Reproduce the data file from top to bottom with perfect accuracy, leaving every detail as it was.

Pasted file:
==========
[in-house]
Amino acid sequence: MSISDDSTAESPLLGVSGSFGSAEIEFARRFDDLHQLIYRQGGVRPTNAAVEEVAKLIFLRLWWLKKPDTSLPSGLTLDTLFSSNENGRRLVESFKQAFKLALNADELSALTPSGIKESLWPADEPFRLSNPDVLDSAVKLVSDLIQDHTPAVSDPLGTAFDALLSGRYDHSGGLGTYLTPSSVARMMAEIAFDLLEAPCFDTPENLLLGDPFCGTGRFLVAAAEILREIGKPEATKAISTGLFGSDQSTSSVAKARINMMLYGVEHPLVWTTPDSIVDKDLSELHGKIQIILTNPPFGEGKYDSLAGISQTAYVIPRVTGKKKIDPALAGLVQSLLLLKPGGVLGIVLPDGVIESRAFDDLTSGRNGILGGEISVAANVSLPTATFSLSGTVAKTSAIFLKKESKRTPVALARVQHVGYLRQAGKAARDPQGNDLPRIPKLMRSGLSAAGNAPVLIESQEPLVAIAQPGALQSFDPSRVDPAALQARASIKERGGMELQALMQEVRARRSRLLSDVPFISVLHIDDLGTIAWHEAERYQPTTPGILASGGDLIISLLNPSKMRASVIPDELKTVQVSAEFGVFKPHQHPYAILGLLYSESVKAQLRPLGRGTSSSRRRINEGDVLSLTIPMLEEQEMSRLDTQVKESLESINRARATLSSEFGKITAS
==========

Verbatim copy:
[in-house]
Amino acid sequence: MSISDDSTAESPLLGVSGSFGSAEIEFARRFDDLHQLIYRQGGVRPTNAAVEEVAKLIFLRLWWLKKPDTSLPSGLTLDTLFSSNENGRRLVESFKQAFKLALNADELSALTPSGIKESLWPADEPFRLSNPDVLDSAVKLVSDLIQDHTPAVSDPLGTAFDALLSGRYDHSGGLGTYLTPSSVARMMAEIAFDLLEAPCFDTPENLLLGDPFCGTGRFLVAAAEILREIGKPEATKAISTGLFGSDQSTSSVAKARINMMLYGVEHPLVWTTPDSIVDKDLSELHGKIQIILTNPPFGEGKYDSLAGISQTAYVIPRVTGKKKIDPALAGLVQSLLLLKPGGVLGIVLPDGVIESRAFDDLTSGRNGILGGEISVAANVSLPTATFSLSGTVAKTSAIFLKKESKRTPVALARVQHVGYLRQAGKAARDPQGNDLPRIPKLMRSGLSAAGNAPVLIESQEPLVAIAQPGALQSFDPSRVDPAALQARASIKERGGMELQALMQEVRARRSRLLSDVPFISVLHIDDLGTIAWHEAERYQPTTPGILASGGDLIISLLNPSKMRASVIPDELKTVQVSAEFGVFKPHQHPYAILGLLYSESVKAQLRPLGRGTSSSRRRINEGDVLSLTIPMLEEQEMSRLDTQVKESLESINRARATLSSEFGKITAS